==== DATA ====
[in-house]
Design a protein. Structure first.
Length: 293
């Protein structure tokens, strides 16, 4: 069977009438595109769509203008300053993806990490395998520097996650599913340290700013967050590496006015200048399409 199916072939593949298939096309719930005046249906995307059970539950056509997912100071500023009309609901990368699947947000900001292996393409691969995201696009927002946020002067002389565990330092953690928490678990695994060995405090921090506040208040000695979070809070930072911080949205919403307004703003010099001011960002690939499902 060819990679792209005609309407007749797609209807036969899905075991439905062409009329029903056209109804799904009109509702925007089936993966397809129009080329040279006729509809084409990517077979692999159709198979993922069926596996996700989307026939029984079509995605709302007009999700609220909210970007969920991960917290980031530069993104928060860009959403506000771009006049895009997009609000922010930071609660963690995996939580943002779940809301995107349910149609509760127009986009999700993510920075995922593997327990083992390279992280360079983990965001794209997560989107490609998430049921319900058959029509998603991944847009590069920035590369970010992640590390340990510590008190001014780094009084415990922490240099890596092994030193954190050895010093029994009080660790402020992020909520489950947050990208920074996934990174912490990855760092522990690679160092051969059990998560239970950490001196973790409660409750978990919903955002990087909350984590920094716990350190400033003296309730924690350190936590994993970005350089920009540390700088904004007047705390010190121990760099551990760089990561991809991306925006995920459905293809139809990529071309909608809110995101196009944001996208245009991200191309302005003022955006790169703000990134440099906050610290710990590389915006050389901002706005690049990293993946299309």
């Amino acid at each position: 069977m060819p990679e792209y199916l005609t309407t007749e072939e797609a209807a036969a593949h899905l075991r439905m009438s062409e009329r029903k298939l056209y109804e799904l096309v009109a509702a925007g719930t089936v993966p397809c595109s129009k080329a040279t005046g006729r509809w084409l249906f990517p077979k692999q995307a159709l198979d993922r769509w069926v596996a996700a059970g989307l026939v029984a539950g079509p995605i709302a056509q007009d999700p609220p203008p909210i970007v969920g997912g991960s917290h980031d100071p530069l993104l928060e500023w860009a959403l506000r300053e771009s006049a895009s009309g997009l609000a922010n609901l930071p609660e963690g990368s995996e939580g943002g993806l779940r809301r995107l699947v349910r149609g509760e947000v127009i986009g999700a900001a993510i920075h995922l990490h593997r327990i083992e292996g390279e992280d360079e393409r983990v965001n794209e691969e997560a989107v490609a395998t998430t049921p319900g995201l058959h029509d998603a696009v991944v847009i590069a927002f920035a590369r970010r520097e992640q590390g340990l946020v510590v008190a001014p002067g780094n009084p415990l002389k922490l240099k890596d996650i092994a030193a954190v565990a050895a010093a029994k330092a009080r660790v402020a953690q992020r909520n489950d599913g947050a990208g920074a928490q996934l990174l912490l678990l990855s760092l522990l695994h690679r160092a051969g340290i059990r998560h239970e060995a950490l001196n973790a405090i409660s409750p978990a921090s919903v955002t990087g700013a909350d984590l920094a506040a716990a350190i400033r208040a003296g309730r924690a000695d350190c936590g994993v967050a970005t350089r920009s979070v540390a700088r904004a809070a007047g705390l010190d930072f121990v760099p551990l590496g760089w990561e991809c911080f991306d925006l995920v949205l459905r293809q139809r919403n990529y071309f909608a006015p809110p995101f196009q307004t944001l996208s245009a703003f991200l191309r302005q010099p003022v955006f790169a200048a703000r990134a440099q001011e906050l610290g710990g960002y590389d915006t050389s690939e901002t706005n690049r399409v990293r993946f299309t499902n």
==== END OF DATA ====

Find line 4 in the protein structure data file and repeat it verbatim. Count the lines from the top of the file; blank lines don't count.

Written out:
């Protein structure tokens, strides 16, 4: 069977009438595109769509203008300053993806990490395998520097996650599913340290700013967050590496006015200048399409 199916072939593949298939096309719930005046249906995307059970539950056509997912100071500023009309609901990368699947947000900001292996393409691969995201696009927002946020002067002389565990330092953690928490678990695994060995405090921090506040208040000695979070809070930072911080949205919403307004703003010099001011960002690939499902 060819990679792209005609309407007749797609209807036969899905075991439905062409009329029903056209109804799904009109509702925007089936993966397809129009080329040279006729509809084409990517077979692999159709198979993922069926596996996700989307026939029984079509995605709302007009999700609220909210970007969920991960917290980031530069993104928060860009959403506000771009006049895009997009609000922010930071609660963690995996939580943002779940809301995107349910149609509760127009986009999700993510920075995922593997327990083992390279992280360079983990965001794209997560989107490609998430049921319900058959029509998603991944847009590069920035590369970010992640590390340990510590008190001014780094009084415990922490240099890596092994030193954190050895010093029994009080660790402020992020909520489950947050990208920074996934990174912490990855760092522990690679160092051969059990998560239970950490001196973790409660409750978990919903955002990087909350984590920094716990350190400033003296309730924690350190936590994993970005350089920009540390700088904004007047705390010190121990760099551990760089990561991809991306925006995920459905293809139809990529071309909608809110995101196009944001996208245009991200191309302005003022955006790169703000990134440099906050610290710990590389915006050389901002706005690049990293993946299309």